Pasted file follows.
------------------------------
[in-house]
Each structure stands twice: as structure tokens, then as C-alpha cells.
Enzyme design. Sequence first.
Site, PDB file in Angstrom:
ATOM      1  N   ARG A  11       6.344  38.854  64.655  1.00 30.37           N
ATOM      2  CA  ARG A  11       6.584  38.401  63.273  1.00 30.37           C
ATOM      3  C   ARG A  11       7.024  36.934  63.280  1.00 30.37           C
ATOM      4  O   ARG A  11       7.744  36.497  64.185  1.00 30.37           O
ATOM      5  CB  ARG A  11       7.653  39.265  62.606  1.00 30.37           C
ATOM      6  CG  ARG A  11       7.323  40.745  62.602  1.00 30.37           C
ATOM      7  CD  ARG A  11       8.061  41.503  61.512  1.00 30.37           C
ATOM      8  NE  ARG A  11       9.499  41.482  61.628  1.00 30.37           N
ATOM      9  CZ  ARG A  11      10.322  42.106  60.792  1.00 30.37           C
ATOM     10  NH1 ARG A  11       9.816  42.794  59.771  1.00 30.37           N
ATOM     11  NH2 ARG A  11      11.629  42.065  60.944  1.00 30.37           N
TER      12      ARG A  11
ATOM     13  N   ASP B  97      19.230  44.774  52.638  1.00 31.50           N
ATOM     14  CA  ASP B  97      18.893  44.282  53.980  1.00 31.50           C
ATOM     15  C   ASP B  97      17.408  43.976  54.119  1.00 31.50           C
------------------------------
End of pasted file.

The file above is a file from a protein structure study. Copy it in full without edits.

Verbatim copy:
[in-house]
Each structure stands twice: as structure tokens, then as C-alpha cells.
Enzyme design. Sequence first.
Site, PDB file in Angstrom:
ATOM      1  N   ARG A  11       6.344  38.854  64.655  1.00 30.37           N
ATOM      2  CA  ARG A  11       6.584  38.401  63.273  1.00 30.37           C
ATOM      3  C   ARG A  11       7.024  36.934  63.280  1.00 30.37           C
ATOM      4  O   ARG A  11       7.744  36.497  64.185  1.00 30.37           O
ATOM      5  CB  ARG A  11       7.653  39.265  62.606  1.00 30.37           C
ATOM      6  CG  ARG A  11       7.323  40.745  62.602  1.00 30.37           C
ATOM      7  CD  ARG A  11       8.061  41.503  61.512  1.00 30.37           C
ATOM      8  NE  ARG A  11       9.499  41.482  61.628  1.00 30.37           N
ATOM      9  CZ  ARG A  11      10.322  42.106  60.792  1.00 30.37           C
ATOM     10  NH1 ARG A  11       9.816  42.794  59.771  1.00 30.37           N
ATOM     11  NH2 ARG A  11      11.629  42.065  60.944  1.00 30.37           N
TER      12      ARG A  11
ATOM     13  N   ASP B  97      19.230  44.774  52.638  1.00 31.50           N
ATOM     14  CA  ASP B  97      18.893  44.282  53.980  1.00 31.50           C
ATOM     15  C   ASP B  97      17.408  43.976  54.119  1.00 31.50           C